Abide with Me; ‘Tis Eventide: A Product of the American Civil War
The lyrics and music to the hymn “Abide with Me; ’Tis Eventide” were heavily influenced by the American Civil War. Both the writer of the lyrics, Martin Lowrie Hofford, and the composer of the music, Harrison Millard, held positions in the Union forces and felt the widespread loss and sorrow that the war brought.
In 1863, Millard, a first lieutenant in the 19th New York Regiment, was wounded so badly in the Battle of Chickamauga that he was no longer fit for duty. That same year, Hofford was given charge of a military institute in Allentown, Pennsylvania. The two watched from their respective vantage points as fear spread throughout the country, lives were threatened, and a nation became divided.
That gloomy backdrop may give new insight to the lyrics, “Abide with me, ’tis eventide, and lone will be the night if I cannot commune with Thee, nor find in Thee my light. The darkness of the world, I fear, would in my home abide; Oh, Savior, stay this night with me, Behold, ’tis eventide.”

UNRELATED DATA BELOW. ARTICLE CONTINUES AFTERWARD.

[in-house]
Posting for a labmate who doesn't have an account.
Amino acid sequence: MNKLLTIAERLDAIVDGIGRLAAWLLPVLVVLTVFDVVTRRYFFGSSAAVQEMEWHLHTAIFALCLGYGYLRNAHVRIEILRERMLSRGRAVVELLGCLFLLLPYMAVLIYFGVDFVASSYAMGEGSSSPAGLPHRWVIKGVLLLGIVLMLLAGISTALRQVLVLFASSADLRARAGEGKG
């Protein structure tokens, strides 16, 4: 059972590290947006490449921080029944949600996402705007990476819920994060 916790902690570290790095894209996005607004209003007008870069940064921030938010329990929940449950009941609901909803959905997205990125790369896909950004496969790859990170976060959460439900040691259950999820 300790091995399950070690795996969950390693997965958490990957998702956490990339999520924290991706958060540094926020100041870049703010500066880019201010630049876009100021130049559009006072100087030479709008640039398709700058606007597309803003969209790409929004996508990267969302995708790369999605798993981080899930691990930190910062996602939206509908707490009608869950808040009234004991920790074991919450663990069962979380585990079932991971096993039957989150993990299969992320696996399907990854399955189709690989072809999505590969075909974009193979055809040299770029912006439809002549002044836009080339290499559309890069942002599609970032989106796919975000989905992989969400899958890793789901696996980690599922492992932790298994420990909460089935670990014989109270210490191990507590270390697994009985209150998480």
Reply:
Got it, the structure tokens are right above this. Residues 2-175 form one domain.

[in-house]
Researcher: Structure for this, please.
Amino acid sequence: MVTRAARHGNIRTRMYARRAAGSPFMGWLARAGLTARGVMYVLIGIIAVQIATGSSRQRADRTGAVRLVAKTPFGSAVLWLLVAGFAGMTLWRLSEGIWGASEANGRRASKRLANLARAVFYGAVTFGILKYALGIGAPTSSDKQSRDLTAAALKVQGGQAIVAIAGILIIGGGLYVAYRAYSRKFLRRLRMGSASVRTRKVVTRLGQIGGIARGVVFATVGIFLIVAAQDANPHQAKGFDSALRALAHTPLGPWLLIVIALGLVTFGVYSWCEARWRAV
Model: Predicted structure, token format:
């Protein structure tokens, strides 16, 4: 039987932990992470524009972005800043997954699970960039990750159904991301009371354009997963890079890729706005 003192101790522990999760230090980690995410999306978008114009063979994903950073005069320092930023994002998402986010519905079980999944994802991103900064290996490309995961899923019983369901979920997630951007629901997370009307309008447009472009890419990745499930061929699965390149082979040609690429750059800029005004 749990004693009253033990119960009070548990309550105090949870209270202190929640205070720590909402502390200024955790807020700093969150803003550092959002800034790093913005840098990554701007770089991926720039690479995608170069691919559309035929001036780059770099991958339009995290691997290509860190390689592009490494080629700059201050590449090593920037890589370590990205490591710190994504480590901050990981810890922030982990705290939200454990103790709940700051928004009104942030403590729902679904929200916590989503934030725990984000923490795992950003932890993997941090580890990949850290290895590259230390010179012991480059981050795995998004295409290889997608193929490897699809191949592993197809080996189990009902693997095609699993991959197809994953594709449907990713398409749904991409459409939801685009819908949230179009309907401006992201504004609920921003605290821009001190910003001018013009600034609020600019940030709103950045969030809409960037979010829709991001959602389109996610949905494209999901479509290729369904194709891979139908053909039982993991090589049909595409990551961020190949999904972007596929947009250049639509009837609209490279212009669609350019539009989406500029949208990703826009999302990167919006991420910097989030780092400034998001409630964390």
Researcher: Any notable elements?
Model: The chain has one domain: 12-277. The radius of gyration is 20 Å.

Jessie Evans would frequently perform “Abide with Me; ’Tis Eventide” as a soloist in the Mormon Tabernacle Choir. Evans, who would later marry Joseph Fielding Smith, began singing with the Choir at age 15. She possessed a unique contralto voice, which earned her the attention of professional opera companies. After touring professionally for some time she focused her attention on serving in the Church.
For more information on the history behind this hymn, listen to episode 21 of the History of Hymns series on The Mormon Channel.